All mathematics courses require a minimum of one year each of high school algebra and geometry. In order to accommodate diverse backgrounds and interests, several course options are open to beginning mathematics students. Some courses preparatory to the calculus are offered in pairs: a recitation format and a self-paced version of the same material. The even-numbered course of each pair is self-paced. Department policy limits a student to a total of 4 credits for courses numbered 110 and below.

MATH 103/104 is the first half of MATH 105/106; MATH 107/108 is the second half. MATH 112 is designed for students of business and social sciences who require only one term of calculus. The sequence 113-114 is designed for students of the life sciences who require only one year of calculus. The sequence 115-116-215-216 is appropriate for most students who want a complete introduction to the calculus. Students planning to concentrate in mathematics should take Math 217 instead of Math 216. Math 217 is designed to provide a smoother transition to the more theoretical material in upper-division mathematics courses. Each of MATH 112, 113, 115, 185, and 195 is a first course in calculus; credit ordinarily can be received for only one course from this list. Math 109/110 is designed for students whose preparation includes all of the prerequisites for calculus but who are unable to complete one of the calculus courses successfully. Math 109/110 will be offered as a 7-week course during the second half of each term.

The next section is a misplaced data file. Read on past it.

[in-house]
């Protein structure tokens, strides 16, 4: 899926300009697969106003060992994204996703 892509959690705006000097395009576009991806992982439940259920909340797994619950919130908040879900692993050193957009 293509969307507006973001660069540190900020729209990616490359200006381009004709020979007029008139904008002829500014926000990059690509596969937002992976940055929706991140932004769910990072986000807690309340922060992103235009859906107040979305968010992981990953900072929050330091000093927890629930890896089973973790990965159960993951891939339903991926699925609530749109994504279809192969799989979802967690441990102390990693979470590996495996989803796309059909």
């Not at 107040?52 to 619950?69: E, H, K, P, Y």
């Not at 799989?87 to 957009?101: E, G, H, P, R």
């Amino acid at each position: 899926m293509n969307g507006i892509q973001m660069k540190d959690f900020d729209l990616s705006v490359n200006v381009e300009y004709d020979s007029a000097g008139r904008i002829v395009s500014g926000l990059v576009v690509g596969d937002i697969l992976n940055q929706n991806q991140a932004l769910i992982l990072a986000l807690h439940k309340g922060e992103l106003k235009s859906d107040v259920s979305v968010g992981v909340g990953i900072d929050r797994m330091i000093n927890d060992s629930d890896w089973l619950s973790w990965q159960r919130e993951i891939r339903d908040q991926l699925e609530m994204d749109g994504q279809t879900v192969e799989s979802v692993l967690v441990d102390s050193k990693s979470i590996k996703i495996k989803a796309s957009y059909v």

Admission to MATH 185 or 195 requires permission of a mathematics Honors advisor (1210 Angell Hall). Students who have performed well on the College Board Advanced Placement exam may receive credit and advanced placement in the sequence beginning with Math 115. Other students who have studied calculus in high school may take a departmental placement examination during the first week of the fall term to receive advanced placement WITHOUT CREDIT in the MATH 115 sequence. No advanced placement credit is granted to students who elect MATH 185. Students electing MATH 195 receive advanced placement credit after Math 296 is satisfactorily completed.

NOTE: [For most Mathematics courses the Cost of books and materials is $25-50] [WL:3 for all courses]

101. Elementary Algebra. (2). (Excl).

Material covered includes integers, rationals, and real numbers; linear, fractional, and quadratic expressions and equations, polynomials and factoring; exponents, powers and roots; functions.

103. Intermediate Algebra. Two or three years of high school mathematics; or Math. 101 or 102. 1 credit for students with credit for Math. 101 or 102. No credit for students with credit for Math. 105 or 106. (2). (Excl).

Material covered includes review of algebra; linear, quadratic, polynomial and rational functions and their graphs; logarithmic and exponential functions and their graphs. The material is the first half of Mathematics 105/106. Text: ALGEBRA AND TRIGONOMETRY by Larson and Hostetler.

105. Algebra and Analytic Trigonometry. See table in Bulletin. Students with credit for Math. 103 or 104 can elect Math. 105 for only 2 credits. No credit for students with credit for Math 106. (4). (Excl).

Material covered includes review of algebra; linear, quadratic, polynomial and rational functions and their graphs; logarithmic and exponential functions and their graphs; triangle trigonometry, trigonometric functions and their graphs. Text: ALGEBRA AND TRIGONOMETRY by Larson and Hostetler.

109. Pre-Calculus. Two years of high school algebra. No credit for students who already have 4 credits for pre-calculus mathematics courses. (2). (Excl).

Standard lecture version of Math 110. Material covered includes linear, quadratic, and absolute value equations and inequalities; algebra of functions; trigonometric identities; functions and graphs: trig and inverse trig, exponential and logarithmic, polynomial and rational; analytic geometry of lines and conic sections.